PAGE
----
It is clear to us that speculative and Ponzi finance dominate China’s economy at this stage. The question is when and how the system’s current instability resolves itself. The Minsky Moment refers to the moment at which a credit boom driven by speculative and Ponzi borrowers begins to unwind. It is the point at which Ponzi and speculative borrowers are no longer able to roll over their debts or borrow additional capital to make interest payments. Minsky states this usually occurs when monetary authorities, in order to control inflationary impulses in the economy, begin to tighten monetary policy. We would add that this monetary tightening often begins to occur at the time when the size of speculative and Ponzi borrowings have become so large that the demand for additional capital to keep these borrowers afloat becomes greater than the supply of such capital. We believe that China finds itself today at exactly this juncture.

The People’s Bank of China (PBOC) has been slowly tightening credit for nine months. This can be seen in the steady uptrend in interbank financing costs (the one-month Shanghai Interbank Offered Rate, or SHIBOR, is up 220 basis points since last May). The PBOC’s latest Q4 Monetary Policy Report indicates it intends to continue to tighten liquidity in order to control the excessively fast growth of shadow banking credit.

Of the $1.8 trillion in Trust Loans provided by the shadow banking sector, nearly $600bn, or RMB 3.6 trillion will come due in 2014. (Display 4 shows maturities for a sample of half of collective trust loans, which represent one quarter of total trust loans)

Defaults or near-defaults have begun to occur with regularity over the past three months and are likely to pick up in quantity significantly over the next year. As it is becoming more clear that investors may not get all of their money back, interest rates on trust products, wealth management products (WMPs), corporate bonds, and bank loans have risen by roughly 200 basis points in the last year. (Display 5)

So at the same time that large amounts of debt come due and borrowers are increasingly stretched, growth is slowing, monetary policy is being tightened, and market rates are beginning to rise, making new borrowings even more expensive and difficult. The combination of these factors indicates to us that China’s Minsky Moment is approaching.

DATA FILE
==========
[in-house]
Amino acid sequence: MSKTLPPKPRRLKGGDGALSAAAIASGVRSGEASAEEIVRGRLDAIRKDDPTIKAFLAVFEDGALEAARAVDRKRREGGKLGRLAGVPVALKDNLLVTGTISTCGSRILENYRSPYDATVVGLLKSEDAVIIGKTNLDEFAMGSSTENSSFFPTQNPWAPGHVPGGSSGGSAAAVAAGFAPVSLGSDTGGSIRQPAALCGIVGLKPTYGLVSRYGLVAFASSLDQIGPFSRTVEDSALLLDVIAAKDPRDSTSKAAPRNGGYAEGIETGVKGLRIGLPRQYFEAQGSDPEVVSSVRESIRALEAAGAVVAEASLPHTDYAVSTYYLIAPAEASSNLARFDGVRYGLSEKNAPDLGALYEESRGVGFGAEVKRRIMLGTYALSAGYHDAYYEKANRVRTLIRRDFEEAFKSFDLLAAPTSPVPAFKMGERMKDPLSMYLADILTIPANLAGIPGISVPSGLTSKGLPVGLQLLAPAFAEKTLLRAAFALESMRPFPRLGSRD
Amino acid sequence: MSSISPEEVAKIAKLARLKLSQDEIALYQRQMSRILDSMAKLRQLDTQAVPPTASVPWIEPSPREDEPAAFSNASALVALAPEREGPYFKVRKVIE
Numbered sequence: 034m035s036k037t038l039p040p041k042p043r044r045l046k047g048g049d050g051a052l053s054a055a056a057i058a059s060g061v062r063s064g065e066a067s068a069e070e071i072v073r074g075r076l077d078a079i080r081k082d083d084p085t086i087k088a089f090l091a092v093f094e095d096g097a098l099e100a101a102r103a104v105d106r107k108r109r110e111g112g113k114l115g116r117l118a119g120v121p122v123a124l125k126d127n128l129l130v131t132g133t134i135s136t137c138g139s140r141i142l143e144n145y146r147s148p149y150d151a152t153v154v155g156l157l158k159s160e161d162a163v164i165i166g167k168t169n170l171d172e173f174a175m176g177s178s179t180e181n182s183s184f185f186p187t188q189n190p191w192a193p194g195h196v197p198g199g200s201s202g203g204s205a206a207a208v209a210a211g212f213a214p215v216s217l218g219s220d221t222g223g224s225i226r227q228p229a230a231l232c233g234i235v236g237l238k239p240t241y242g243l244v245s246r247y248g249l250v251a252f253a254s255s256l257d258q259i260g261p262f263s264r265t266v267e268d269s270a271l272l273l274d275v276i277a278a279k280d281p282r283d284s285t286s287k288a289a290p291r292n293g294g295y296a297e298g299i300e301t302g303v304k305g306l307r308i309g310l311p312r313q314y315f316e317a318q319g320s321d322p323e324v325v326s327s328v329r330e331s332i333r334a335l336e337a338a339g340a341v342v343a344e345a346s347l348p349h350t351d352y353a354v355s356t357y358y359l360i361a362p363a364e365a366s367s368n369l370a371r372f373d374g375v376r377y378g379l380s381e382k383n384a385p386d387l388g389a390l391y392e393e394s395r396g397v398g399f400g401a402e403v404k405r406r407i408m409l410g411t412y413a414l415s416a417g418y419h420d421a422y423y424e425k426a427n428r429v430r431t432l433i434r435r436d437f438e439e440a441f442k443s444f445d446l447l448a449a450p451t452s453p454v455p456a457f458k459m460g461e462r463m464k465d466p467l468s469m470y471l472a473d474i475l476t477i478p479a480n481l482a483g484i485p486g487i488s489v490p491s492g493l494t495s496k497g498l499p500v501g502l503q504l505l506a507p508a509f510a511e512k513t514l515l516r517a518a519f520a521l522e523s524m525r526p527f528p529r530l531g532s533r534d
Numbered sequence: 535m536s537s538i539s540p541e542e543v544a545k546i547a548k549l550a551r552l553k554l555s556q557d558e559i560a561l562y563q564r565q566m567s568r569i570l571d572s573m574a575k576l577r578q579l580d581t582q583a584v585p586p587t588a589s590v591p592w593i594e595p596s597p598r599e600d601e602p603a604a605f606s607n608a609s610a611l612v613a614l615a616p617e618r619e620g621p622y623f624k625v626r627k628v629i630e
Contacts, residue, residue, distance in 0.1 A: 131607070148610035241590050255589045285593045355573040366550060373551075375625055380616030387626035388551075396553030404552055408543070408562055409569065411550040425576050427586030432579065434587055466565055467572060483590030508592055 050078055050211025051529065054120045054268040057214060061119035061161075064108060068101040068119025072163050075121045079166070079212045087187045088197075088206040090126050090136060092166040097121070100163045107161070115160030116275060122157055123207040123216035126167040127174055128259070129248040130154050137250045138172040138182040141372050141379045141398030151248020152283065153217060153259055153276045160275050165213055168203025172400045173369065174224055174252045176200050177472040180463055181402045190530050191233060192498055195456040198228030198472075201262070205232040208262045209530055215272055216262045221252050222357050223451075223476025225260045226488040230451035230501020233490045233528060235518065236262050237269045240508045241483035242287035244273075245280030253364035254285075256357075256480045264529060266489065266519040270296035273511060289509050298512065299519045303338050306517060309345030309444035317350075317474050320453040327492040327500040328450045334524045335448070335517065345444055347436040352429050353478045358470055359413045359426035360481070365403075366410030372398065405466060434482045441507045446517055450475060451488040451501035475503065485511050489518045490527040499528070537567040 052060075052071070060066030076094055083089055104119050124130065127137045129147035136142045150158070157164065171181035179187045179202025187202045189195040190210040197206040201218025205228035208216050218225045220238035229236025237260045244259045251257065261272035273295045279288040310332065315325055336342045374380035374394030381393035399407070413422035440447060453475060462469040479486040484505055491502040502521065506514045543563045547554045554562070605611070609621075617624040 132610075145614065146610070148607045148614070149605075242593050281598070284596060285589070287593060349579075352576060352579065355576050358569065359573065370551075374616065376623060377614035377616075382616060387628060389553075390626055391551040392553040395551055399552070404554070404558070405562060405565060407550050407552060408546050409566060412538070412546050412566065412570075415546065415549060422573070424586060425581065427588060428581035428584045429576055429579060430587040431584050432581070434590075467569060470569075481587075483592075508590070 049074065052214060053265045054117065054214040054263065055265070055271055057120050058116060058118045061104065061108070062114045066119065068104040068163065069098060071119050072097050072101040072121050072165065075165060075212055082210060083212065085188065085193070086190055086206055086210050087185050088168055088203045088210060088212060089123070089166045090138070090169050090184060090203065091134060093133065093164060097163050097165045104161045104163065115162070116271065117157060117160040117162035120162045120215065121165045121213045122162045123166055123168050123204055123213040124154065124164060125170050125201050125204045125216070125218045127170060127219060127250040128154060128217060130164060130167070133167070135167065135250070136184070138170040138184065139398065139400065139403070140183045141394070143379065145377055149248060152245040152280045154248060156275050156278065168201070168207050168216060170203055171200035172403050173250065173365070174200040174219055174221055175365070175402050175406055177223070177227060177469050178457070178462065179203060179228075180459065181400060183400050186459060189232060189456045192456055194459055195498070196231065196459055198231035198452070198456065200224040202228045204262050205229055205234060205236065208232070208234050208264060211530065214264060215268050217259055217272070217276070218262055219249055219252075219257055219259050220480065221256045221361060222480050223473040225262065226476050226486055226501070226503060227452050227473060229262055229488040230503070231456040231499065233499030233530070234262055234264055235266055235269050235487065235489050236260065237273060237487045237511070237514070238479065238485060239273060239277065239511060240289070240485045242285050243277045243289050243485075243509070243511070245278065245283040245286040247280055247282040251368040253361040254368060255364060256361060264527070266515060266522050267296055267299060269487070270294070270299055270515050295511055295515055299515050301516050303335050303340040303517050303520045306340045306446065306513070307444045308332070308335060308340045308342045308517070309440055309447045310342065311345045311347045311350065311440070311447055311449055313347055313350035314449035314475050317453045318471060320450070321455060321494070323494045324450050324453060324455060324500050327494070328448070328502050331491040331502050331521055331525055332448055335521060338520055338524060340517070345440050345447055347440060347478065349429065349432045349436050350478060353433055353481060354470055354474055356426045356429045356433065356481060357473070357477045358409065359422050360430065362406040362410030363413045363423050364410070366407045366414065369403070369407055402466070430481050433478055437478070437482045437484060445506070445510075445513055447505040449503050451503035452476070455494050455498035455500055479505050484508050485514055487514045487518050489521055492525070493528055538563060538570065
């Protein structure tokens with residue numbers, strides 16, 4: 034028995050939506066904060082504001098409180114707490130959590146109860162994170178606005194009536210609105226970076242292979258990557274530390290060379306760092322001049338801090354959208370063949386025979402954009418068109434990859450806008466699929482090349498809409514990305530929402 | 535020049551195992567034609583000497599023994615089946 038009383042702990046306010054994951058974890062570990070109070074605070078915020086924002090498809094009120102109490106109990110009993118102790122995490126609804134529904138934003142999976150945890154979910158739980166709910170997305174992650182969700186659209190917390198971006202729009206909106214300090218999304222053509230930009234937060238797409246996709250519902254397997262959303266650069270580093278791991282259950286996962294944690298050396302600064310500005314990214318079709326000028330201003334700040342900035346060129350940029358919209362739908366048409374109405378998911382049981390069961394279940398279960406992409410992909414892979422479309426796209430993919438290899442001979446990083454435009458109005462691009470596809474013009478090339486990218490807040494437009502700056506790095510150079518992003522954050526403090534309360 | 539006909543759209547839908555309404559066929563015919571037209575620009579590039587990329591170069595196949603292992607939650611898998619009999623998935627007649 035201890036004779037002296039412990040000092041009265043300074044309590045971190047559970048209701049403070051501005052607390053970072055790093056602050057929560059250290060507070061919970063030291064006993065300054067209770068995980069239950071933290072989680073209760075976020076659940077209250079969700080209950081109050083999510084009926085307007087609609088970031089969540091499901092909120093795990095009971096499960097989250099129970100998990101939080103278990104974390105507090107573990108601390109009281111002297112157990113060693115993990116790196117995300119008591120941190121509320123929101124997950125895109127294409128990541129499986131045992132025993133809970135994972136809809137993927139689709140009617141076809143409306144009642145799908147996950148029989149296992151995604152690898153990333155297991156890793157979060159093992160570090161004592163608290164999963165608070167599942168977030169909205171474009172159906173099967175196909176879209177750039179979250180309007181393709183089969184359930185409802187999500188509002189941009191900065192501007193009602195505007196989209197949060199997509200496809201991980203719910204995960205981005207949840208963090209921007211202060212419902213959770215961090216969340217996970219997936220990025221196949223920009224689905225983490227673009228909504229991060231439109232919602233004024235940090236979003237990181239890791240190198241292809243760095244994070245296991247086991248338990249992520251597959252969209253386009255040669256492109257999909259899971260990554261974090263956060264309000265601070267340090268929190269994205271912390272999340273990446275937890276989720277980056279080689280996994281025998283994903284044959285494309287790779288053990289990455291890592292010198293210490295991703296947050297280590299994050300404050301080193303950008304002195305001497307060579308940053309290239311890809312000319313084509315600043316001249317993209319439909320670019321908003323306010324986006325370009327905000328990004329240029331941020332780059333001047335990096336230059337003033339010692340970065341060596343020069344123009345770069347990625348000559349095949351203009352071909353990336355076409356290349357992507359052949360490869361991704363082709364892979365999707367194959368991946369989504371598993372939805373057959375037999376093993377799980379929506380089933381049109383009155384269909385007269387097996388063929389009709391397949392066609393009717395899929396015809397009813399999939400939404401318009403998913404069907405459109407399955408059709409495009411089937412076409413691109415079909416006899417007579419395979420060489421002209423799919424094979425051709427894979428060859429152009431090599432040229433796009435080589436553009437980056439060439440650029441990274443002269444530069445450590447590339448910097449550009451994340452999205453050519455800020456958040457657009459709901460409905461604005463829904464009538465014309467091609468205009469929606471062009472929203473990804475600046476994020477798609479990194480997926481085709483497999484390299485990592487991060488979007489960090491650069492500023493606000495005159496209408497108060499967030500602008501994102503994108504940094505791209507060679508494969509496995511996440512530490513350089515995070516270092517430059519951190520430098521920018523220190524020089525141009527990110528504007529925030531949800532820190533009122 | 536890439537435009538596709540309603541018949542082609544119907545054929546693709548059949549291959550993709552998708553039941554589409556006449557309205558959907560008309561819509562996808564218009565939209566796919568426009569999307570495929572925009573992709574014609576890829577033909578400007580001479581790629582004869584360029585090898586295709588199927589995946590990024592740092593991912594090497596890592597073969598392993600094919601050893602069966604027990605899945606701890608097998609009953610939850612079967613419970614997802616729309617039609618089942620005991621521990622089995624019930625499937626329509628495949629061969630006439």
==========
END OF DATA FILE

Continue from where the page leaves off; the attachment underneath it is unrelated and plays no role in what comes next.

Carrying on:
The unwind of this credit boom is likely in progress, and we expect it to pick up speed over the coming months and quarters. It will likely involve a steady drip of defaults and near-defaults as insolvent borrowers finally become illiquid. Market rates for all assets except central government bonds and central bank bills will likely continue to rise, reflecting increasing market fears of default by shaky borrowers. Asset values will likely begin to deteriorate as stressed borrowers attempt to sell assets to stay afloat. As a result, banks and other financial entities could begin to increase provisioning for bad debts and to reduce credit availability by gradually tightening credit standards. This could lead to a credit crunch where credit to the economy is choked off for all but the safest borrowers.

This rise in defaults, non-performing assets, and credit standards could exacerbate a significant slowdown in economic activity concentrated in the areas most dependent on debt, such as local government infrastructure spending and the sectors with the greatest overcapacity mentioned above.

The impact would therefore be most visible in the fixed investment side of the economy, particularly in infrastructure, real estate construction and related industries (cement, steel, machinery, etc.).

In time, the slowdown in growth and the increase in defaults could become significant enough that the government would intervene and ease policy to moderate the downturn. This policy easing would likely involve a combination of monetary easing and extraordinary liquidity by the PBOC and possibly, some fiscal stimulus. But until then, the impact on assets that are dependent on China’s debt growth and investment spending growth could be severe.

We recognize that it is extremely likely that the Chinese government will attempt to stave off the unwind or at least keep it orderly in an effort to achieve the ever-elusive soft landing. One way that the government could attempt this would be by stepping in to bail out borrowers on the verge of default. A version of this occurred in January, when the well-publicized default of a RMB3 billion China Credit Trust product was averted when an unknown entity stepped in to pay the principal due to investors, though not the remaining interest due (worth approximately 7% of principal). The unknown entity is likely to have been either the local government of Shanxi, home of the coal mining company that defaulted on the underlying trust loan, or the Ping An insurance company, parent of China Credit Trust. The benefit of the government or other entities stepping in to bail out borrowers is that it helps prevent investors from losing money, maintaining their faith in the financial system and ensuring they continue to buy trust products offering rates five times above deposit rates. The drawback is that credit continues to be extended to weak or insolvent borrowers, potentially leading to an even higher level of bad debts in the future. The problem is not eliminated, it is simply postponed. Interestingly, growth is likely to be negatively impacted whether or not the government steps in frequently to prevent borrowers from defaulting. First, scarce capital is being provided to prevent default by insolvent borrowers (“zombies”) rather than being channeled toward productive investments. Second, in order to limit the cumulative size of the bailouts, the government is likely to continue to restrict the growth of shadow banking and lending to these uncreditworthy borrowers. Lastly, market rates are likely to continue to rise, reflecting increasing market unease with the growing number of near-defaults.